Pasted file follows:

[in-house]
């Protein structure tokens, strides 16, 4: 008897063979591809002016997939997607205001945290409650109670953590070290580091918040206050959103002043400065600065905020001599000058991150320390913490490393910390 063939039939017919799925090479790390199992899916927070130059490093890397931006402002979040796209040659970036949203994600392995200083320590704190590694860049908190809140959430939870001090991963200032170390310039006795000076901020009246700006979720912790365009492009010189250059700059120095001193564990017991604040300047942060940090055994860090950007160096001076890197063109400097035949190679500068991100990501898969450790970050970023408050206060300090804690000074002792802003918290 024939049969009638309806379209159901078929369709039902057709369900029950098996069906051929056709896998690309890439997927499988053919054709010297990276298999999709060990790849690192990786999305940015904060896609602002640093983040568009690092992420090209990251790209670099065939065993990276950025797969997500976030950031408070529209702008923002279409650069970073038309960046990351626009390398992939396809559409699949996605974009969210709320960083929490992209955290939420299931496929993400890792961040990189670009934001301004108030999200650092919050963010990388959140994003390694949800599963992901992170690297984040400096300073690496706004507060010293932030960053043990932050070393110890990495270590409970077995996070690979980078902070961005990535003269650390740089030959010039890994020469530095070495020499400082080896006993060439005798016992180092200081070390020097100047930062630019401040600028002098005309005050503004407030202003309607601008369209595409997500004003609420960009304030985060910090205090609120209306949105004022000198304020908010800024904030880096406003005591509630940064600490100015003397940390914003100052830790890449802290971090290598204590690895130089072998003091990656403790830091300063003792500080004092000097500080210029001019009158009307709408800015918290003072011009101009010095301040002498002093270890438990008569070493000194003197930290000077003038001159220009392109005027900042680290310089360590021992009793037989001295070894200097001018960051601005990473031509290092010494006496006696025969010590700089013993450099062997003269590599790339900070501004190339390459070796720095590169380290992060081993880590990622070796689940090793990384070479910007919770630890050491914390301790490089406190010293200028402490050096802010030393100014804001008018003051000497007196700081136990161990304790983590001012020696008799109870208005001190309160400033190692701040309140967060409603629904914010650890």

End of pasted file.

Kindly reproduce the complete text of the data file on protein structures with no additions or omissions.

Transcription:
[in-house]
């Protein structure tokens, strides 16, 4: 008897063979591809002016997939997607205001945290409650109670953590070290580091918040206050959103002043400065600065905020001599000058991150320390913490490393910390 063939039939017919799925090479790390199992899916927070130059490093890397931006402002979040796209040659970036949203994600392995200083320590704190590694860049908190809140959430939870001090991963200032170390310039006795000076901020009246700006979720912790365009492009010189250059700059120095001193564990017991604040300047942060940090055994860090950007160096001076890197063109400097035949190679500068991100990501898969450790970050970023408050206060300090804690000074002792802003918290 024939049969009638309806379209159901078929369709039902057709369900029950098996069906051929056709896998690309890439997927499988053919054709010297990276298999999709060990790849690192990786999305940015904060896609602002640093983040568009690092992420090209990251790209670099065939065993990276950025797969997500976030950031408070529209702008923002279409650069970073038309960046990351626009390398992939396809559409699949996605974009969210709320960083929490992209955290939420299931496929993400890792961040990189670009934001301004108030999200650092919050963010990388959140994003390694949800599963992901992170690297984040400096300073690496706004507060010293932030960053043990932050070393110890990495270590409970077995996070690979980078902070961005990535003269650390740089030959010039890994020469530095070495020499400082080896006993060439005798016992180092200081070390020097100047930062630019401040600028002098005309005050503004407030202003309607601008369209595409997500004003609420960009304030985060910090205090609120209306949105004022000198304020908010800024904030880096406003005591509630940064600490100015003397940390914003100052830790890449802290971090290598204590690895130089072998003091990656403790830091300063003792500080004092000097500080210029001019009158009307709408800015918290003072011009101009010095301040002498002093270890438990008569070493000194003197930290000077003038001159220009392109005027900042680290310089360590021992009793037989001295070894200097001018960051601005990473031509290092010494006496006696025969010590700089013993450099062997003269590599790339900070501004190339390459070796720095590169380290992060081993880590990622070796689940090793990384070479910007919770630890050491914390301790490089406190010293200028402490050096802010030393100014804001008018003051000497007196700081136990161990304790983590001012020696008799109870208005001190309160400033190692701040309140967060409603629904914010650890």